Services providing a single point of access may be particularly important for engaging victims with multifaceted and complex needs, specifically for underserved victims. Service delivery models should strategically deliver services in ways that facilitate knowledge of services in non-traditional settings, such as hospitals, medical clinics, schools, and community centers, and address trauma symptomology and quality of life needs following victimization in culturally sensitive and accessible ways. Comprehensive models that facilitate access to a variety of resources and allow for tailored services based on individual needs have been shown to improve victim outcomes and well-being.[14]

Trauma Recovery Centers

Trauma recovery centers (TRCs) offer a promising program model to address both the psychological and tangible needs of violent crime victims, particularly those in underserved groups. TRCs are designed to address the needs of crime victims who typically do not access services due to individual and cultural barriers to seeking help. This program uses early and assertive outreach and coordinated, clinical case management to provide services to victims whose trauma needs for both services and outreach require a greater level of engagement than traditional service models.[15] In this model, clinicians provide both clinical intervention and case management to actively engage with victims to work toward client-defined priorities, provide mental health interventions and advocacy services in tandem, and simultaneously address the multifaceted social and tangible needs of survivors. The model acknowledges that survivors will have different needs at different times and survivor concerns guide the care and referrals provided.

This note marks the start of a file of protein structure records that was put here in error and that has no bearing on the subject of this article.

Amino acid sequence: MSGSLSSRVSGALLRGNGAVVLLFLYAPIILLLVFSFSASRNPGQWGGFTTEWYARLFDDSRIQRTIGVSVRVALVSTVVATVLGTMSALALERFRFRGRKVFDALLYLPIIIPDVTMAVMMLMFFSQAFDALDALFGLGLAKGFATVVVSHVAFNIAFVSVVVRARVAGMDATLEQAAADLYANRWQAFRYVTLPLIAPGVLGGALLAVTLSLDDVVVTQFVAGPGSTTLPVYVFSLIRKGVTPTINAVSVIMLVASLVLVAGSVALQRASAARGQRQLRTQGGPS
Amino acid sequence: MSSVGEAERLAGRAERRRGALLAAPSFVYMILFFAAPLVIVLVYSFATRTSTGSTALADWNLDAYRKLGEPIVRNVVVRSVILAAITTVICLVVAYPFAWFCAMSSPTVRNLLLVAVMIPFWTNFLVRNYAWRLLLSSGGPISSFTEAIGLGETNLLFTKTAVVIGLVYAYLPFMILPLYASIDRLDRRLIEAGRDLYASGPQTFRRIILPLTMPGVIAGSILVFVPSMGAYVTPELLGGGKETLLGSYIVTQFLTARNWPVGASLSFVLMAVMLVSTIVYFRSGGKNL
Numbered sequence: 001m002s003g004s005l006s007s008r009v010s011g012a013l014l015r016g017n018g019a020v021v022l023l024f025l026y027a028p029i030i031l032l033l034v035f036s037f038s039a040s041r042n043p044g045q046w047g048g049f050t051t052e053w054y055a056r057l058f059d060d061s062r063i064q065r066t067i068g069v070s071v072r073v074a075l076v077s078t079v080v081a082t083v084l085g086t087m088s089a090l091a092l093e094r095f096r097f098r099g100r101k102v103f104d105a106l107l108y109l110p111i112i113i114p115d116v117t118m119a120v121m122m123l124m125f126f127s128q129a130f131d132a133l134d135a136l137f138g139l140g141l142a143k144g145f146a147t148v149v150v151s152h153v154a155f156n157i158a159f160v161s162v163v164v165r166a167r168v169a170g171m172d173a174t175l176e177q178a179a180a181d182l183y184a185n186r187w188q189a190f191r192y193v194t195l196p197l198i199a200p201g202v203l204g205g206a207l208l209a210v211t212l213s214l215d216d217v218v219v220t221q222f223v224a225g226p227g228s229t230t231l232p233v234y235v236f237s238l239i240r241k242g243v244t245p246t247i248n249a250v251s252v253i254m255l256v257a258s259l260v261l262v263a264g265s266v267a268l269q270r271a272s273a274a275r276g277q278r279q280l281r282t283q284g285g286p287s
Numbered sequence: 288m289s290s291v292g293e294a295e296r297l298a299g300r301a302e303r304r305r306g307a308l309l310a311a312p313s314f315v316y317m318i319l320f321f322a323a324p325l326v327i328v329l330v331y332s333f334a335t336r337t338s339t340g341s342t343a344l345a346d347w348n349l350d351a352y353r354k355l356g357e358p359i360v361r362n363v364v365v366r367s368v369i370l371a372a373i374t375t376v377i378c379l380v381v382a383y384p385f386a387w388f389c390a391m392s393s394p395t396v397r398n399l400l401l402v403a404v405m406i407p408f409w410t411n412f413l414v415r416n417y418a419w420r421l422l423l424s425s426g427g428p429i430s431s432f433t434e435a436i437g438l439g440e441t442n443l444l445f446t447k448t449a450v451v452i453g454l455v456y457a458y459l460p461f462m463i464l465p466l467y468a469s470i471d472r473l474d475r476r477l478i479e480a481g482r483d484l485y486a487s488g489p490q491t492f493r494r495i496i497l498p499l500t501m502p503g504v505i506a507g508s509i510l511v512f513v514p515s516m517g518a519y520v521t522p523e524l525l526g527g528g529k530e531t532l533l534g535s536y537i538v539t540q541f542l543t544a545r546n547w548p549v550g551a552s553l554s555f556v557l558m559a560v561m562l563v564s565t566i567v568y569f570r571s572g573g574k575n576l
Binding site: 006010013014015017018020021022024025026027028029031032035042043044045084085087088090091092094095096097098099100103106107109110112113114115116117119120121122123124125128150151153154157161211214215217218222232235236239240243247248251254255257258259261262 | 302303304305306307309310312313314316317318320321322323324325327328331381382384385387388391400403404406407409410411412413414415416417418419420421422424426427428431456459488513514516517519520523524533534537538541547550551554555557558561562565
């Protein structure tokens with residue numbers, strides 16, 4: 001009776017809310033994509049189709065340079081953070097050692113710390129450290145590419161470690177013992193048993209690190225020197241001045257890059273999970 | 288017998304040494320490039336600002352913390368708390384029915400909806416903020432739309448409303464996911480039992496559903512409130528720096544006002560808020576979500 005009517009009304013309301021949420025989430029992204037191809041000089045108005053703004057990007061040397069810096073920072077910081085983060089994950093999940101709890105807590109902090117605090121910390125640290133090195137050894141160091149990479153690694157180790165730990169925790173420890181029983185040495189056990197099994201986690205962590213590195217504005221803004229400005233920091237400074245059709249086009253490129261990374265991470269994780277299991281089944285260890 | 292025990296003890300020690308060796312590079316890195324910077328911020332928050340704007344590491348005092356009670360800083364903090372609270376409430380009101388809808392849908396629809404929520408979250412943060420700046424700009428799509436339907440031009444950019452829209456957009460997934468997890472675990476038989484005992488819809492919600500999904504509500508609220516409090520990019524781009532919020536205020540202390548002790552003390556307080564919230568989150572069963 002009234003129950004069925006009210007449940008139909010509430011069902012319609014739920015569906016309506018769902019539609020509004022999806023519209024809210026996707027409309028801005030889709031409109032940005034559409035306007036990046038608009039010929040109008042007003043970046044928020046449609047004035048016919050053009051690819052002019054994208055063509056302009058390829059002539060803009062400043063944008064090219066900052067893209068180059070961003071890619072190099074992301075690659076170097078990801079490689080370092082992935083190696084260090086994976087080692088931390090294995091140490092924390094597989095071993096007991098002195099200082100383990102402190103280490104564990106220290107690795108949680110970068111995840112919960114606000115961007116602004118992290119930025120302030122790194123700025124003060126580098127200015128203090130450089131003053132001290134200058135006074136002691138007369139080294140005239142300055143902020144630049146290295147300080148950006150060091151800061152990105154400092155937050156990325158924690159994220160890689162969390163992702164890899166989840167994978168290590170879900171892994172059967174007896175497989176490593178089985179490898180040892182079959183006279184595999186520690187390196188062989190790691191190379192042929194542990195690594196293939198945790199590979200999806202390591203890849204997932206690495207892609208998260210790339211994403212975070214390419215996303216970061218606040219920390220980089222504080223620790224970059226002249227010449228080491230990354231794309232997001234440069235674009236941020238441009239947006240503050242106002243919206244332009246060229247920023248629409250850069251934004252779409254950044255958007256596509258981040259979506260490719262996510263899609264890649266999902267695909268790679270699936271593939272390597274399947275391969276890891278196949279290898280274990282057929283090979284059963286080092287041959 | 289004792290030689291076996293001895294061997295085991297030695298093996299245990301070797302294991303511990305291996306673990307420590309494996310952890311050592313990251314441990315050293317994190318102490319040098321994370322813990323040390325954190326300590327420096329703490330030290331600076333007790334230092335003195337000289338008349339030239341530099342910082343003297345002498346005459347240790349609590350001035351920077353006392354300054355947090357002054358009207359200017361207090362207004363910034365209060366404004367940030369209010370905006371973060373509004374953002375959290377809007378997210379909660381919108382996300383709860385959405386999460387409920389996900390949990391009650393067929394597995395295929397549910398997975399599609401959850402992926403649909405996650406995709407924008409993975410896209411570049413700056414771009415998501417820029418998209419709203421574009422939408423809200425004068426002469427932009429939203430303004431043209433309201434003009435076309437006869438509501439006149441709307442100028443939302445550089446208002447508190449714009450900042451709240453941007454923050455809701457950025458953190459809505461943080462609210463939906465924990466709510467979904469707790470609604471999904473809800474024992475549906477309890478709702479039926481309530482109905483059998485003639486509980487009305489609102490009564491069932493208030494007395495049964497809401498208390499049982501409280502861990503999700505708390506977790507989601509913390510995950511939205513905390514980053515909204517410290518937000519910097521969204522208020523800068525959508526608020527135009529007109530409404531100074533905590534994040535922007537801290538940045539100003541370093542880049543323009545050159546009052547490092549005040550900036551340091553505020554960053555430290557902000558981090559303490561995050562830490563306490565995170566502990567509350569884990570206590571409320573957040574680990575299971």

Mission: Facilitate healing for survivors of trauma, violence, and loss through an innovative, clinically-proven model of comprehensive care, advocacy, and outreach; eliminate barriers to healing; and inspire survivors to embrace hope.

Goals: Decrease psychological distress, minimize long-term disability, improve quality of life, reduce future risk, and promote post-traumatic growth.

Clients: TRCs serve survivors of violent of crime who are typically unable to access traditional services. Client populations who may benefit from comprehensive TRC services include:

  • Individual who are homeless.
  • Individuals who are chronically mentally ill.
  • Immigrants and refugees.
  • Individuals who are disabled.
  • Individuals with severe trauma-related symptoms.